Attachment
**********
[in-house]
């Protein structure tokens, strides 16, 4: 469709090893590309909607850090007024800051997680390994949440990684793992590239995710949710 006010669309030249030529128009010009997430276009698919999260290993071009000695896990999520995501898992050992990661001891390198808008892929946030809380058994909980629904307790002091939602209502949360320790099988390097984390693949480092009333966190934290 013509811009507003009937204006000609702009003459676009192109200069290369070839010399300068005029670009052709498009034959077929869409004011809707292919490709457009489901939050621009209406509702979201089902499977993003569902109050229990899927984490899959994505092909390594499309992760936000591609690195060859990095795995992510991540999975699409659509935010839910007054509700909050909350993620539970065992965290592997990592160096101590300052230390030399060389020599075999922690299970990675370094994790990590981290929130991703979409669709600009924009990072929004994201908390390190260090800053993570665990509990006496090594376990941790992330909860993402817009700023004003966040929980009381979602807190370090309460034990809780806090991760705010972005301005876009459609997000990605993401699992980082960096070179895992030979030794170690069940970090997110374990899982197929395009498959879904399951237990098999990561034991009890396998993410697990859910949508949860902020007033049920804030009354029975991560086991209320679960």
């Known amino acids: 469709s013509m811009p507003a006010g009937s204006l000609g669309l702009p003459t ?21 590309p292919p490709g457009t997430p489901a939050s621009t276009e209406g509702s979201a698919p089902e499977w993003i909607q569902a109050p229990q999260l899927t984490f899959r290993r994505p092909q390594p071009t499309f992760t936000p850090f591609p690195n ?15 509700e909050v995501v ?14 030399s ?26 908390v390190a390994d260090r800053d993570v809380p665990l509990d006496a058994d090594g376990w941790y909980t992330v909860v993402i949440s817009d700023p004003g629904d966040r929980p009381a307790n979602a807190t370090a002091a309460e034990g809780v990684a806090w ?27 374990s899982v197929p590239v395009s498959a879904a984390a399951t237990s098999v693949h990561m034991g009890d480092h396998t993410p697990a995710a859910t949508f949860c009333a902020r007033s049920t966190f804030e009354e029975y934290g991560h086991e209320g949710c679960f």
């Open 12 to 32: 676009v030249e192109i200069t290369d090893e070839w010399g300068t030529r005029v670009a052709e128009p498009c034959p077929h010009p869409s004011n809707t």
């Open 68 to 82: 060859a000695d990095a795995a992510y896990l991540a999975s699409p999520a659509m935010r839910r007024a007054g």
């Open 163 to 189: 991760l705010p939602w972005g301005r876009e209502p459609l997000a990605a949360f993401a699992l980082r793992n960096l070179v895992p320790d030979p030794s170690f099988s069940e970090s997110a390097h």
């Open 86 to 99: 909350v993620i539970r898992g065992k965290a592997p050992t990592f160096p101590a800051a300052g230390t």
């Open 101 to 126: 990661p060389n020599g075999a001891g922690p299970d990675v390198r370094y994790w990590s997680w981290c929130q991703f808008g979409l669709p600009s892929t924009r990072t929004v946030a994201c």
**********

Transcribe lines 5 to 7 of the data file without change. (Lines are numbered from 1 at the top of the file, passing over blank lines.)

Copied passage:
């Open 68 to 82: 060859a000695d990095a795995a992510y896990l991540a999975s699409p999520a659509m935010r839910r007024a007054g």
């Open 163 to 189: 991760l705010p939602w972005g301005r876009e209502p459609l997000a990605a949360f993401a699992l980082r793992n960096l070179v895992p320790d030979p030794s170690f099988s069940e970090s997110a390097h």
């Open 86 to 99: 909350v993620i539970r898992g065992k965290a592997p050992t990592f160096p101590a800051a300052g230390t």